Historic moments for housemaids
Thousands of miles away in Kuwait city, history was in the making this week. For the first time, employment agents from Sri Lanka and Kuwait – at the butt end of criticism and accusations of not taking responsibility for the plight of hundreds of housemaids – were now acknowledging their mistakes and pledging to correct weaknesses in the system.
For the first time, they were not passing the buck to the government or the Foreign Employment Bureau (FEB) and absolving themselves of responsibility.
What has resulted in this change of heart? We believe it’s essentially two issues – growing criticism of the job agents and reported remarks by President Mahinda Rajapaksa of a possible ban by the end of the year on sending housemaids for employment overseas and more focus of male-dominated jobs.
A group of 30 agents from Sri Lanka and some 200 of their counterparts in Kuwait on Thursday witnessed the signing of a MoU by the Association of Licensed Foreign Employment Agents (ALFEA) which represents 800 agents in Sri Lanka and the Sri Lanka Manpower Association of Kuwait (SLMAK) which represents the bulk of the foreign employment business here.
Under this both sides pledged to work together to completely eliminate the problems faced by migrant workers. Both Suraj Dandeniya, President - ALFEA, and Zain Milhan, President – SLMAK, told the meeting that by this time next year if 50 percent of the problems encountered by housemaids are eliminated, this would be a great victory for the industry.
Although happening only in Kuwait which has little over 100,000 Sri Lankan migrants (the second largest concentration of Sri Lankan workers after Saudi Arabia) of the over one million Sri Lankans spread across the Middle East, the initiative to acknowledge their ‘mistakes’ and weaknesses in the system is a giant step forward is bringing in some respectability to the work of housemaids and the profession of the job agent. Many agents are reluctant to publicly acknowledge the work they do, in many cases saying they are in the ‘travel’ agent business rather than ‘job agent’ business which gives a negative connotation. In fact quite a few uses the ‘travel agency’ tag in their registration or business operations though their main business is recruitment.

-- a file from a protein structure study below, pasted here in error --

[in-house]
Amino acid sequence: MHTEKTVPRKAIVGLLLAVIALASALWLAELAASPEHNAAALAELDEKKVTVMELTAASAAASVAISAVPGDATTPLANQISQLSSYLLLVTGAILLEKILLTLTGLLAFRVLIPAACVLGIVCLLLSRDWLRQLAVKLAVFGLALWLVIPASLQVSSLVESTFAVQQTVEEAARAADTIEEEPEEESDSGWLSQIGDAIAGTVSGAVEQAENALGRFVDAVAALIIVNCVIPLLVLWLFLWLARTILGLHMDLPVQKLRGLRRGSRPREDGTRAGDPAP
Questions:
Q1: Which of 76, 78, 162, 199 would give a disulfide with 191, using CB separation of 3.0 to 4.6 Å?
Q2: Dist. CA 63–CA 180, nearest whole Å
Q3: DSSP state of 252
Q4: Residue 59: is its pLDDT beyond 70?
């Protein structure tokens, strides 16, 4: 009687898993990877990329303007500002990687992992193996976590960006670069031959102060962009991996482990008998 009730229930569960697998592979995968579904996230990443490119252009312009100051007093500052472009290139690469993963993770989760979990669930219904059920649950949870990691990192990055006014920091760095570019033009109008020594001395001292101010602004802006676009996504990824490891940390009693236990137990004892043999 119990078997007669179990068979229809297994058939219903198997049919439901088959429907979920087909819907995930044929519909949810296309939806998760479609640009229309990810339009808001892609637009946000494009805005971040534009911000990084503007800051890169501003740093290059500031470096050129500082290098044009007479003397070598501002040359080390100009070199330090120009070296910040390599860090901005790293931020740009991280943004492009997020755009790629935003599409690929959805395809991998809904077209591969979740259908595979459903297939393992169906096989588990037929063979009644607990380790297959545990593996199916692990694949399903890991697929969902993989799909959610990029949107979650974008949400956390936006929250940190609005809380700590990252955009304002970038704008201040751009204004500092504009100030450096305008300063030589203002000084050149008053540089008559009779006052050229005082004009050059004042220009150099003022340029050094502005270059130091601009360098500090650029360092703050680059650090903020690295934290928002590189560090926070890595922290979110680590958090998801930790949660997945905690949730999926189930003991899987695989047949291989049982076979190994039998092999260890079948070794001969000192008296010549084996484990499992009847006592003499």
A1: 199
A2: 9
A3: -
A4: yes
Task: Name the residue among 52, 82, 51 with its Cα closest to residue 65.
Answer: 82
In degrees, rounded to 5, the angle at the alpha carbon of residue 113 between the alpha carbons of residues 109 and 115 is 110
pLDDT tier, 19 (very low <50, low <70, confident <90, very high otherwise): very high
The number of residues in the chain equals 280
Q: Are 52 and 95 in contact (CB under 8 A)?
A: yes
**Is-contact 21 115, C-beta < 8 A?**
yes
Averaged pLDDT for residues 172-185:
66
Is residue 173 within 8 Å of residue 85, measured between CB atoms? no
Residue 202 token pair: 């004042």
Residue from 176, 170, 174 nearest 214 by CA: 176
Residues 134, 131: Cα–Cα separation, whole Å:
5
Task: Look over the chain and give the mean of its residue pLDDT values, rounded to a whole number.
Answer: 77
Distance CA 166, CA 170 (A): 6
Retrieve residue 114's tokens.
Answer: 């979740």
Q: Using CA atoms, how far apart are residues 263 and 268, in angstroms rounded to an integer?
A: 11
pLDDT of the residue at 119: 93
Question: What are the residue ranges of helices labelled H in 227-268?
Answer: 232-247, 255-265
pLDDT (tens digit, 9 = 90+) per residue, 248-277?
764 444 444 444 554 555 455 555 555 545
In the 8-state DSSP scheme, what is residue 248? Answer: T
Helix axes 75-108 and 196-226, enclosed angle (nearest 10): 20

Among the issues faced by housemaids which have been documented by the media for more than two decades now are abuse, harassment, rape, inability to work long hours, not getting the contracted wage or non-payment of wages.
In many cases, housemaids hide some of their most essential details in pursuing jobs: medically unfit, pregnancies, having undergone major surgery, or family-related illnesses. On the other hand, job agents – in a hurry to make money – do away with the basic role of screening applicants and making sure they are suitable in terms of capacity to work long hours, medically fit, etc.
At the Kuwaiti discussions between the two sides, agents based in Kuwait (who provide the job contracts to their Sri Lankan counterparts) blamed their colleagues for not sending the best talent available while facing accusations that the blame was because the employer or sponsor was the problem. The two associations are now working on proper screening of housemaids at the Colombo end and working on a system where a ‘bad’ employer is blacklisted. The Kuwait employment agents are mostly Sri Lankans who run the business as managers on behalf of their Kuwaiti owners. Only Kuwaitis can own licences to run employment agencies as per local rules, a situation that prevails in most Middle East countries.
However Kuwait is unique because the Sri Lankan managers are ‘hands on’ in the business and take responsibility for much of the issues that occur at this end.
While there are bound to be teething problems in the enforcement of the ‘come clean in our business’ initiative by the two associations, the acknowledgement of taking responsibility for the problems are small but positive steps towards taking the migrant worker to a higher level – that of gaining the respect of society.
After all no one can deny that the country depends on migrant workers – fast becoming the biggest source of foreign exchange – for economic survival.